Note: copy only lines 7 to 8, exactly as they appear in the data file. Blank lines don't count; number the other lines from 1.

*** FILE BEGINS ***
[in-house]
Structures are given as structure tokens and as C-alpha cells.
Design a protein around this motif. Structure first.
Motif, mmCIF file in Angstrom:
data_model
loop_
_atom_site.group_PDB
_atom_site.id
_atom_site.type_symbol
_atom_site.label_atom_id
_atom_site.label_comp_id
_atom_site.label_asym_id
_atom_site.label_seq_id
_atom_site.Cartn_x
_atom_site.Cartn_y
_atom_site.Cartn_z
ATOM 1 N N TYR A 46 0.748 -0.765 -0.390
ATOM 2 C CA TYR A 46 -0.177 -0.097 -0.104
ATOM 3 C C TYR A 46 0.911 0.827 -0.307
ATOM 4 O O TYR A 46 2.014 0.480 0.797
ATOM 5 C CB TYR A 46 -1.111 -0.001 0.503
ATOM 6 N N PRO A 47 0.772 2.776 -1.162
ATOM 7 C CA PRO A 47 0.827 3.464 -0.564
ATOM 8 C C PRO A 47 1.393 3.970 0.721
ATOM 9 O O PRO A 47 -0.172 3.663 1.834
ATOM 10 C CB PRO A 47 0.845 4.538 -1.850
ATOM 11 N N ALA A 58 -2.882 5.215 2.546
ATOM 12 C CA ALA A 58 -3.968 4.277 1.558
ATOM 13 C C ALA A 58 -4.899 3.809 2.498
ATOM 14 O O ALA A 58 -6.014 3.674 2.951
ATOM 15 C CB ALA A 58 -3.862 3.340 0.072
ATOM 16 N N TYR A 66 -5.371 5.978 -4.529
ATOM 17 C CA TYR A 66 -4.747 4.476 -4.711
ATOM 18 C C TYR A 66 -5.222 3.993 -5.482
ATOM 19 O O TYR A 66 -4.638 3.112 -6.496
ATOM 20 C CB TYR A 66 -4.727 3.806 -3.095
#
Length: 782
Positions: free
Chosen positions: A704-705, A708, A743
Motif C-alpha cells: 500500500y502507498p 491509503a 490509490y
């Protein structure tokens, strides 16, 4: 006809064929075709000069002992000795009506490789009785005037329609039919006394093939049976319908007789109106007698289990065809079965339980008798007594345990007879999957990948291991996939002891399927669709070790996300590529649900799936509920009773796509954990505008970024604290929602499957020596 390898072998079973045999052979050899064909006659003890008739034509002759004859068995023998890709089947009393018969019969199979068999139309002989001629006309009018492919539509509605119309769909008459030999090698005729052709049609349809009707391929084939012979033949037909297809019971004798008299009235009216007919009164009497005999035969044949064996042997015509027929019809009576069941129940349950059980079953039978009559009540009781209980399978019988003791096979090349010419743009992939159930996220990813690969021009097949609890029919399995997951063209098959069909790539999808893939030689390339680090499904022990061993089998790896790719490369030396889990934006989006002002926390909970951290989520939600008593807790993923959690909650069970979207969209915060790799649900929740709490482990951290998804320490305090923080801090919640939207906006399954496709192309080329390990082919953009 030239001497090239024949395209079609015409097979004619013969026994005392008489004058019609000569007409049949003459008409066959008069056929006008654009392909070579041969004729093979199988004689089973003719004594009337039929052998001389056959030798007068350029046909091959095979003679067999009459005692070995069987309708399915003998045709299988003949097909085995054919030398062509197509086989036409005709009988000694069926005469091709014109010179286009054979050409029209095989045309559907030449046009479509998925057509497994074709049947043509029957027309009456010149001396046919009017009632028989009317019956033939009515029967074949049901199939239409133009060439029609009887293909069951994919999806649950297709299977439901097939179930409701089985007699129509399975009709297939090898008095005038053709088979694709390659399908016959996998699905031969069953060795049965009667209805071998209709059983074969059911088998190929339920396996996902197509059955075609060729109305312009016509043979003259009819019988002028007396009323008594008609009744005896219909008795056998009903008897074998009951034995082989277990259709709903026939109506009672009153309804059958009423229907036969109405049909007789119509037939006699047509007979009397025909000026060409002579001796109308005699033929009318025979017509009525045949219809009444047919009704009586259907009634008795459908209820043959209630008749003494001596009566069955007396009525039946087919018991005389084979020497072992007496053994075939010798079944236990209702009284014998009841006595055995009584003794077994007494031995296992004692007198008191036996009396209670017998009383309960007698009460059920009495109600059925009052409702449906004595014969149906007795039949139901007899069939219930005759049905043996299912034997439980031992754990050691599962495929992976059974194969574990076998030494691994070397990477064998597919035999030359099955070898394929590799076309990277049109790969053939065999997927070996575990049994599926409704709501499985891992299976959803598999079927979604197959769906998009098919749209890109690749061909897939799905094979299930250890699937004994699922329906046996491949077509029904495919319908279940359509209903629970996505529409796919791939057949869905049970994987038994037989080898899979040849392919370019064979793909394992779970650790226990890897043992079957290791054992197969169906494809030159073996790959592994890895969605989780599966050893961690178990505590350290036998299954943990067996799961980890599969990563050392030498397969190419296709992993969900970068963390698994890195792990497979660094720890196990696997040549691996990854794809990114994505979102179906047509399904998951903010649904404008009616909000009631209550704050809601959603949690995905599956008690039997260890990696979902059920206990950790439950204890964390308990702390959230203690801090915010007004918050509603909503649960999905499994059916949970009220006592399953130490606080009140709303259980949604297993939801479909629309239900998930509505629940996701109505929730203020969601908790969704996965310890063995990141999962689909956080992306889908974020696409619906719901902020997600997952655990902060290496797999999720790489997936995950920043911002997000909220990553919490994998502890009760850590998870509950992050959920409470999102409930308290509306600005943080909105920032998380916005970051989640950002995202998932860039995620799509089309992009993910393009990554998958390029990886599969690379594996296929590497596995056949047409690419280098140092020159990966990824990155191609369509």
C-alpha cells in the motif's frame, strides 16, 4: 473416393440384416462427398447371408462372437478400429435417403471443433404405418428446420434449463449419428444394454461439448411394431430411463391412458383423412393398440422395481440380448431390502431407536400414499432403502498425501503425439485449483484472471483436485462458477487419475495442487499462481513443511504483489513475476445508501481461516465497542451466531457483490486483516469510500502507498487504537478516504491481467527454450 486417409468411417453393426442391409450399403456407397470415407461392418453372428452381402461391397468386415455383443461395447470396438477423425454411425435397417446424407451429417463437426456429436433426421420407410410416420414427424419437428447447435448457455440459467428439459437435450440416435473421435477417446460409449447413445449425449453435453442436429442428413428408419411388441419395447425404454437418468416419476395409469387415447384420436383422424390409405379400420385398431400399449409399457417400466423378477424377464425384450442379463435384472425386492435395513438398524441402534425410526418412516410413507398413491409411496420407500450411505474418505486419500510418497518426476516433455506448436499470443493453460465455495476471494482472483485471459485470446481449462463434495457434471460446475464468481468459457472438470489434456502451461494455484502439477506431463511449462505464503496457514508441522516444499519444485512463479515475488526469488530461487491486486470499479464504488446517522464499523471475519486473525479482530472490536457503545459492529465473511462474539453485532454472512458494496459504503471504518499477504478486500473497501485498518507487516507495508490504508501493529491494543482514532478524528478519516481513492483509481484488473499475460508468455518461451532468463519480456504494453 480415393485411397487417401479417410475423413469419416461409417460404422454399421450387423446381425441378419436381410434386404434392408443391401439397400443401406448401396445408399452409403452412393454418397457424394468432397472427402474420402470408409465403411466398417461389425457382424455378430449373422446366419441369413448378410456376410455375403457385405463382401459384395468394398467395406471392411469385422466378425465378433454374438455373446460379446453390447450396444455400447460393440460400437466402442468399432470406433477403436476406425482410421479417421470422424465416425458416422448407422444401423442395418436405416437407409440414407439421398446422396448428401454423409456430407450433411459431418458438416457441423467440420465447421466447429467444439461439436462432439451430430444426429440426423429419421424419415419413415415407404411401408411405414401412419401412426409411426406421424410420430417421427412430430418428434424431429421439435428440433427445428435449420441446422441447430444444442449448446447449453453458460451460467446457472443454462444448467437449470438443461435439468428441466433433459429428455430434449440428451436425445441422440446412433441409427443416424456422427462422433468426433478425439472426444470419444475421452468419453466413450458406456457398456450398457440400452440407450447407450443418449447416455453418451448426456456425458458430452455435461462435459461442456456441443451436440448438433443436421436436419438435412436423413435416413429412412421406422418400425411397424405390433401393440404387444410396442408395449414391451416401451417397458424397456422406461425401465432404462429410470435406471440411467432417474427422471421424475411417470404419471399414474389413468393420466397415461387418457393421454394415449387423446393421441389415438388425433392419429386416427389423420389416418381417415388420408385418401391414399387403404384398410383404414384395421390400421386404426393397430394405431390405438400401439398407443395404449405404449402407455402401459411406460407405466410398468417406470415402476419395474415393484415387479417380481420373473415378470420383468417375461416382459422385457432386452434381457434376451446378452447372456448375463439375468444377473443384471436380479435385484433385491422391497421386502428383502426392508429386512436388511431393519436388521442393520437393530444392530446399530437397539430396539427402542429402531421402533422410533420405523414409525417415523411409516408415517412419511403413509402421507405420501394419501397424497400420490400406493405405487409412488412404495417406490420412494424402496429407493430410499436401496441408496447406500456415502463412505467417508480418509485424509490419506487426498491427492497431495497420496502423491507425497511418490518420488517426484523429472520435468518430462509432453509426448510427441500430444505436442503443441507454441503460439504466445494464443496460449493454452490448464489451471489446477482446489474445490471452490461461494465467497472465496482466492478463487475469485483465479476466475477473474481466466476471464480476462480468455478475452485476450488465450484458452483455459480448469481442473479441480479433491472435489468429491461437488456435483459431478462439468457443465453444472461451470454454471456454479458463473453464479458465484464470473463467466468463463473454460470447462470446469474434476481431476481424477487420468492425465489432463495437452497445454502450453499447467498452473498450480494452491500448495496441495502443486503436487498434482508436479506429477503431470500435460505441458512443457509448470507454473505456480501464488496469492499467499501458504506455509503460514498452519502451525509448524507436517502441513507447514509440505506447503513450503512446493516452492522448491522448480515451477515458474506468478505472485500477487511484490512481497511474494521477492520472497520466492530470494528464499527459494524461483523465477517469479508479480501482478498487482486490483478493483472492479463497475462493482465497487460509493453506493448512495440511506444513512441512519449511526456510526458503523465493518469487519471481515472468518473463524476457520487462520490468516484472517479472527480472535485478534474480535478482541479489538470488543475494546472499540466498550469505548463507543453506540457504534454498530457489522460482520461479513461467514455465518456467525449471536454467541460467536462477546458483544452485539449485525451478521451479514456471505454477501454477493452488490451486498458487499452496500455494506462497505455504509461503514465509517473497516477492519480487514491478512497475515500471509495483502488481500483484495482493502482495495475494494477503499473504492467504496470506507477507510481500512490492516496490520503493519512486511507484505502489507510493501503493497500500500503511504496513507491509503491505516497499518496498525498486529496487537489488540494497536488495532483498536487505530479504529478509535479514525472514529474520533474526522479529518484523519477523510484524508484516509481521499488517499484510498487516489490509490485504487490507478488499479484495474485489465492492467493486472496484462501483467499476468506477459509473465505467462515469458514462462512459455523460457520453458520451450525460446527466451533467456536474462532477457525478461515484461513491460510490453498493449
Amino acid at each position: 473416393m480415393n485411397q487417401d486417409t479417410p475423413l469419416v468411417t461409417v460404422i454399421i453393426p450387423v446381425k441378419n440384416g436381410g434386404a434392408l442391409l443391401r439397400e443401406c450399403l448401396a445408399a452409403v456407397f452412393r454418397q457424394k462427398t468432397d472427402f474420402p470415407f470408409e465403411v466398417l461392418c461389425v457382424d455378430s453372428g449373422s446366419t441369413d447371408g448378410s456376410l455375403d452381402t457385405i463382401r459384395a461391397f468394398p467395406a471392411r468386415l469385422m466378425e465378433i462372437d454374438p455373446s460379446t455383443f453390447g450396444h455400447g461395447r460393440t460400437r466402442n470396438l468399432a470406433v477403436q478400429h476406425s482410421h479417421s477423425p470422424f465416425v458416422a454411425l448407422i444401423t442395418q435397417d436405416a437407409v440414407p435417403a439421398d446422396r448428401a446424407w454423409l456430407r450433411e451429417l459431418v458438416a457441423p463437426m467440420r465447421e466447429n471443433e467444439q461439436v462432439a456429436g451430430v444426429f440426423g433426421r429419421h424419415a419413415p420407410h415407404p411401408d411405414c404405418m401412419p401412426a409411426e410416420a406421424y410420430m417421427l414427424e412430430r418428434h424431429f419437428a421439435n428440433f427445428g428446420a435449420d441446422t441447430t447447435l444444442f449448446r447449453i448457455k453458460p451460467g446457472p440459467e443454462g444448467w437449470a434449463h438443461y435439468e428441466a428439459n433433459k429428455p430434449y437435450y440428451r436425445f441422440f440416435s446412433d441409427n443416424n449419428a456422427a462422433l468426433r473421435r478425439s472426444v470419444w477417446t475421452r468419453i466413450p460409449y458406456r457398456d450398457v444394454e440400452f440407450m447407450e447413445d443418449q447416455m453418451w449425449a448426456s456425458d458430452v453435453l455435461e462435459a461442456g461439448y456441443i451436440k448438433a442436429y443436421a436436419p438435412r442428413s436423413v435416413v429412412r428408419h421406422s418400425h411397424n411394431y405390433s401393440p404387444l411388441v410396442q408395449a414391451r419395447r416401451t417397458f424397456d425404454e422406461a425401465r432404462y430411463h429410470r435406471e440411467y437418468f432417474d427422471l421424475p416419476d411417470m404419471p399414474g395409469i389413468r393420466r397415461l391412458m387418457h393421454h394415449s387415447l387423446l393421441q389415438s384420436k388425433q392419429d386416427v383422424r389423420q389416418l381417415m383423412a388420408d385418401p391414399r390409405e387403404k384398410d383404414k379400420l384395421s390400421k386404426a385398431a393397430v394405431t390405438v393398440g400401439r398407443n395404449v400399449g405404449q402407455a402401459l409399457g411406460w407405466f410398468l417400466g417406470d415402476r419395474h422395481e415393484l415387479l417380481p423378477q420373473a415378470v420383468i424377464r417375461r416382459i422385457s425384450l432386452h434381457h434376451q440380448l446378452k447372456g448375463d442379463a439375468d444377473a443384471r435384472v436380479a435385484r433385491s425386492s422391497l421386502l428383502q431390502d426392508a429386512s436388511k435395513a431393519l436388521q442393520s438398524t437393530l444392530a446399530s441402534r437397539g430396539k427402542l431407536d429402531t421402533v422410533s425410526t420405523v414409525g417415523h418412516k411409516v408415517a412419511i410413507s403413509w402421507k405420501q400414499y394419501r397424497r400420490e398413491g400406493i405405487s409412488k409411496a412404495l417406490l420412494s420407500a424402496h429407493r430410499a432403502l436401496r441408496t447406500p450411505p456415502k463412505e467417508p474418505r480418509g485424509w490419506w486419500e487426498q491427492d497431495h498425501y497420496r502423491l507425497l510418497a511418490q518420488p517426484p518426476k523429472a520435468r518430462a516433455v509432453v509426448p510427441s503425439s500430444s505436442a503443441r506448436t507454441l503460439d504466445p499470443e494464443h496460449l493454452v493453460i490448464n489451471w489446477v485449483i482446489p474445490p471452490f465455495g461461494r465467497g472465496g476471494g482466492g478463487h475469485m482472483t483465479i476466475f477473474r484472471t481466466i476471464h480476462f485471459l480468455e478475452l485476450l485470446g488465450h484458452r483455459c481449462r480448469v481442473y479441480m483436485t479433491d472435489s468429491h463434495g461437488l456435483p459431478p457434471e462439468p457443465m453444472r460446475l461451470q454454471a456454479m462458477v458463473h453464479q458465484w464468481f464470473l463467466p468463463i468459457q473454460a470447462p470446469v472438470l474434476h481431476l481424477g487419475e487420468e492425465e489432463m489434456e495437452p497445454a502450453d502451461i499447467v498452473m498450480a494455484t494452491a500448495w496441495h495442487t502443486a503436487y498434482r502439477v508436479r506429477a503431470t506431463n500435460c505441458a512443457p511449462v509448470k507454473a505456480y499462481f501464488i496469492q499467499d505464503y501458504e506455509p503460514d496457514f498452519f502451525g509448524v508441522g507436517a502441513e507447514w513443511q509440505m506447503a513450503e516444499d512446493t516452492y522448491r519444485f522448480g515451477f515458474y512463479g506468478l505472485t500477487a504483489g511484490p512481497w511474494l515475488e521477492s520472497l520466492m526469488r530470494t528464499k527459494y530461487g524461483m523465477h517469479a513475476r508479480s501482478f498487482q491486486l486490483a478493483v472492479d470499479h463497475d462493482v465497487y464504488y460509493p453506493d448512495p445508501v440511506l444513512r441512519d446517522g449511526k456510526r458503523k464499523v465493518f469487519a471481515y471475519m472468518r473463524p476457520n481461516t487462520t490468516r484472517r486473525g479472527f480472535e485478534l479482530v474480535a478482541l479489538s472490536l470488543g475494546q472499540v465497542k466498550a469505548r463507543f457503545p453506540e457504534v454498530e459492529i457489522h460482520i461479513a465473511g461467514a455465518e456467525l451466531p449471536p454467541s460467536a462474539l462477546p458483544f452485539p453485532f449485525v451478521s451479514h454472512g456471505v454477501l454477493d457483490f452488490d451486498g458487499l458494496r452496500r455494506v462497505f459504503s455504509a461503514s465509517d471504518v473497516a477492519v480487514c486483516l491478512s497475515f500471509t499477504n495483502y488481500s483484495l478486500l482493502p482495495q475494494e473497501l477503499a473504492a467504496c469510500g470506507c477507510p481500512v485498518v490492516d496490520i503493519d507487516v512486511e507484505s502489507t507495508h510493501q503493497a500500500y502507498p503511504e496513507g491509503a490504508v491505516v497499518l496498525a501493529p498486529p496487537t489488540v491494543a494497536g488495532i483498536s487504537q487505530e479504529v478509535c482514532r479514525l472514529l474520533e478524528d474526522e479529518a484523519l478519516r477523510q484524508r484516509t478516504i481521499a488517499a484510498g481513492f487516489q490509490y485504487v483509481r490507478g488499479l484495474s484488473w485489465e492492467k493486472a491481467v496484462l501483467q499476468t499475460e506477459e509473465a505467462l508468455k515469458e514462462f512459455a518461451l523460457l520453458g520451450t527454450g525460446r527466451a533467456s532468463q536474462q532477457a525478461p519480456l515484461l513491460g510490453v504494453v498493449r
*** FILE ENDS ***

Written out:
_atom_site.group_PDB
_atom_site.id